Here Are 5 Ways Trump - And the Republicans Who Control Both Houses of Congress - Are Much Worse Than Nixon
It was 44 years ago, on August 8, 1974, that Richard M. Nixon officially announced he was resigning from his position as president of the United States and that Vice President Gerald Ford would be sworn in as president the following day. Nixon, who had been reelected by a landslide in 1972 and crushed Democrat George McGovern in the electoral college, left the presidency in disgrace thanks to the Watergate scandal—which demonstrated that even presidents are not above the law. Yet Nixon—for all his corruption, reactionary ideas and authoritarian leanings—was much more nuanced and complex than the Trump administration and the far-right Republicans of 2018. Although Nixon was considered an arch-conservative in his day and was detested by many liberals and progressives of the 1960s and 1970s, his positions on universal health care, the environment and social spending would, ironically, make him way too liberal for today’s GOP. And even though some pundits have been comparing President Donald Trump to Nixon because of his xenophobic, paranoid outlook and irrational fear of people of color, the fact is that Trump’s administration is more dangerous on many levels.
Here are five ways in which Trump—along with the far-right Republicans who presently control both houses of Congress—are much worse than Nixon.
1. Health Care
When Trump, Senate Majority Leader Mitch McConnell and House Speaker Paul Ryan try to paint the Affordable Care Act of 2010, a.k.a. Obamacare, as a Marxist-Leninist hijacking of the U.S.’ health care system, their assertion is laughable in light of the fact that the elements of the ACA were greatly influenced by the Heritage Foundation, Republican Mitt Romney and the Nixon administration. In fact, Nixon was a strong proponent of universal health care via the private sector, and when the Obama administration and Democrats in Congress were putting together the ACA in 2009 and 2010, one of the people President Obama met with was none other than Stuart Altman—Nixon’s consultant on health care in the early 1970s. Nixoncare, had it passed, would have been comparable to Obamacare, but with much more generous provisions.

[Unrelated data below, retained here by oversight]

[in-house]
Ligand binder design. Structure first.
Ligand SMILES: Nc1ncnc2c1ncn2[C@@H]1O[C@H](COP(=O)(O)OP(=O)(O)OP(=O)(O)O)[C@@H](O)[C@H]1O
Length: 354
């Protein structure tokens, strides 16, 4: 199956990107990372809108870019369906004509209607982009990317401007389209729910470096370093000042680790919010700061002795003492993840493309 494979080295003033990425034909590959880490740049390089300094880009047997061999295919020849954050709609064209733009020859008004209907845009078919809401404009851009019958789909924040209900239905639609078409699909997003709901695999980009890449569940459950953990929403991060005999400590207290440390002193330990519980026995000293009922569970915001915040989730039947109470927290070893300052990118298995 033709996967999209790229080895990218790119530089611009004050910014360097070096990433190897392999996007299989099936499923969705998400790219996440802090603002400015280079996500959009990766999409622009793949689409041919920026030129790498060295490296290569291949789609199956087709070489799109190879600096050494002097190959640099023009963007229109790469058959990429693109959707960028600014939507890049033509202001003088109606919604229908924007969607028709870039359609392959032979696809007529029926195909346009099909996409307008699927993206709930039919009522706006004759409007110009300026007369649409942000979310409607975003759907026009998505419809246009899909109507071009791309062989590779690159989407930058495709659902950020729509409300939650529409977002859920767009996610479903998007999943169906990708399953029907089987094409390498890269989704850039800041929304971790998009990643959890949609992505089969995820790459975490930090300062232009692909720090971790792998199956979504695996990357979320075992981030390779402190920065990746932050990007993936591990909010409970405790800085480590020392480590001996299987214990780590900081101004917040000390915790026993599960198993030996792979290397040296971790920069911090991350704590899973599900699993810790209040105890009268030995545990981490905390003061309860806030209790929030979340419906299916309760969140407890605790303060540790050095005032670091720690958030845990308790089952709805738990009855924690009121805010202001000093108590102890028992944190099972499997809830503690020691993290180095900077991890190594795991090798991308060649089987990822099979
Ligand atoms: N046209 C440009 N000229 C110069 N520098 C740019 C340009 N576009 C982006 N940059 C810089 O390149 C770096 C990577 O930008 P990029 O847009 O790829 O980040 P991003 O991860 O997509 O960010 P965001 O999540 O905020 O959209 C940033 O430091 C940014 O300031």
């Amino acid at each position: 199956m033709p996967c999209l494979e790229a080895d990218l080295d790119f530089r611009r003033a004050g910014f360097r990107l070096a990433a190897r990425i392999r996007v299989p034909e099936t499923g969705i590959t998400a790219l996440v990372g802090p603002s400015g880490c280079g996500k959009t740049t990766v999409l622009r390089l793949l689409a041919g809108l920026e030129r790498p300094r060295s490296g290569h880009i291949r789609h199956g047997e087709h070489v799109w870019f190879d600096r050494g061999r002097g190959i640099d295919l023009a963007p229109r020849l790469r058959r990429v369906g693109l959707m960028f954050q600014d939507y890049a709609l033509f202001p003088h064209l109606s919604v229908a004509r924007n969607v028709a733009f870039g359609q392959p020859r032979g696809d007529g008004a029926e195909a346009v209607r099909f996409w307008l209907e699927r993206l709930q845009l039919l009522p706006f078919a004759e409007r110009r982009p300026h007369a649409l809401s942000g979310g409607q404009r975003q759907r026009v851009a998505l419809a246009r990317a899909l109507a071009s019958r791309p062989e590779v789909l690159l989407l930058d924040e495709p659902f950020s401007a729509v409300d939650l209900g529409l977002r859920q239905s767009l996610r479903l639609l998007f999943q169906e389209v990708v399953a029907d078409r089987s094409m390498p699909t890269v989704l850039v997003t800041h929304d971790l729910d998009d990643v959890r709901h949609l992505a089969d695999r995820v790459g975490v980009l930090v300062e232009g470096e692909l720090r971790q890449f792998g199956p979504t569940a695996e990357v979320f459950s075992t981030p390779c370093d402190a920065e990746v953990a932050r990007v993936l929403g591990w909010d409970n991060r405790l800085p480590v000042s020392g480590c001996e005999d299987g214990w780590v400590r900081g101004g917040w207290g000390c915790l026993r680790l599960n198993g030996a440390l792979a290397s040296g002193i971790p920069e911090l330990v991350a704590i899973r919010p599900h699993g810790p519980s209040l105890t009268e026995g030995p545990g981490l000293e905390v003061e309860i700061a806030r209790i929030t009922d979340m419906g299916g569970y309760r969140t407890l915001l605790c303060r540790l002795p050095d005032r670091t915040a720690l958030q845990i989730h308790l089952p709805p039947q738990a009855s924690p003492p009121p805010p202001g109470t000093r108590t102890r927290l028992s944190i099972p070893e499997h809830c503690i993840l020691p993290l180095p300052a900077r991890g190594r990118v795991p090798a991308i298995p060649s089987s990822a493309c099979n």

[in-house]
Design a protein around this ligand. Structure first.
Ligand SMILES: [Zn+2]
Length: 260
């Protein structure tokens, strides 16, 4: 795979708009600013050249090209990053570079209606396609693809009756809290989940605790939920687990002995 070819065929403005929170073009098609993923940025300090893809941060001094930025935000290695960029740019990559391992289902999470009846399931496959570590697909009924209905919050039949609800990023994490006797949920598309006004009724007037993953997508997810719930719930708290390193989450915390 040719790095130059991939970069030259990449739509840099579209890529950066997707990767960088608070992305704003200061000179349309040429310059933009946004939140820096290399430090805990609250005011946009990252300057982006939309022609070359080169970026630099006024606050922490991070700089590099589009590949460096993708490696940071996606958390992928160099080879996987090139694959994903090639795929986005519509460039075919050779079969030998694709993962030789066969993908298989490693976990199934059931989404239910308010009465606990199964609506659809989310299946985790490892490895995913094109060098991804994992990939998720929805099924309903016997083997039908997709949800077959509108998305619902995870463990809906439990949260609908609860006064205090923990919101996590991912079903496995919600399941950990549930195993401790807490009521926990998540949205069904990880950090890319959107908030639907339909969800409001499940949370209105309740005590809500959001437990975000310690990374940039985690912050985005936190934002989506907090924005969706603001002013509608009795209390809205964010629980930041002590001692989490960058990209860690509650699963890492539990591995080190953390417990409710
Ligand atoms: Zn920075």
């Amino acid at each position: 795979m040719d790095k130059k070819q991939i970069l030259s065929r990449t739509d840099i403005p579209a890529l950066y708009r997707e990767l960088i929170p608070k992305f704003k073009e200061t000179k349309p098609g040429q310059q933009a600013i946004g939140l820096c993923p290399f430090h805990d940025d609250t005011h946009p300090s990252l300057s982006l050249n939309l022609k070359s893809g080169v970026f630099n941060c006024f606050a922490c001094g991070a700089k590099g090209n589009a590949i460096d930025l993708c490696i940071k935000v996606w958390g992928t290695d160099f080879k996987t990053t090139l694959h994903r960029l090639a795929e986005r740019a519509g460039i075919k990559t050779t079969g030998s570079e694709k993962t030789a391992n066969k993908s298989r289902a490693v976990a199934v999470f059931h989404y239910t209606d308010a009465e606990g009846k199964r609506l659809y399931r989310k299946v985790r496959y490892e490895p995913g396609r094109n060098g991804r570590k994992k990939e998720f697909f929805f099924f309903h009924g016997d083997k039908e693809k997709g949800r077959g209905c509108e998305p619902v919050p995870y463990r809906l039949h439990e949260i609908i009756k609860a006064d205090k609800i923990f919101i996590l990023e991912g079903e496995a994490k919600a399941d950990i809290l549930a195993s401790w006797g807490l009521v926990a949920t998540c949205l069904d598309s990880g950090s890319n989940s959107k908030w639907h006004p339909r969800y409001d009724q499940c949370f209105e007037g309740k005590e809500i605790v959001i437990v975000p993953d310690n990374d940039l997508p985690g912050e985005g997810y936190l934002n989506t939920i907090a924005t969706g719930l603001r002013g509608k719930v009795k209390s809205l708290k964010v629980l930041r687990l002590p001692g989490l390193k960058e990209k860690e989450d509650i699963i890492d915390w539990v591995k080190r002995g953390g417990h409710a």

In contrast, the goal of Trumpcare is to deprive millions of Americans of health insurance. So far, Trump and his GOP allies in Congress have been unable to abolish the ACA, but they’ve gone out of their way to undermine it. And according to the Urban Institute, the result in 2019 will be 6.4 million fewer Americans with health insurance and premiums soaring by more than 18% in the individual market. Nixon was actually to the left of Obama on health care and wanted to expand coverage considerably; Trump, McConnell and Ryan have set out to deprive millions of coverage.
2. The Environment and Climate Change
By modern GOP standards, Nixon would be considered a major “tree hugger”; he realized that industrial pollution was a serious health threat and was quite willing to work with Democrats in a bipartisan way when it came to environmental legislation. So, in 1970, Nixon—with the blessing of many Democrats—signed an executive order that established the Environmental Protection Agency (EPA). Ironically, an organization that Tea Party wingnuts would love to abolish was one of Nixon’s most impressive achievements as president. And Trump has been a consistent EPA foe, aggressively promoting fossil fuels over green energy and appointing Scott Pruitt as EPA administrator. Pruitt was, hands down, the worst EPA administrator in its 48-year history and, like Trump, is a climate change denier despite overwhelming evidence that climate change is a painful reality.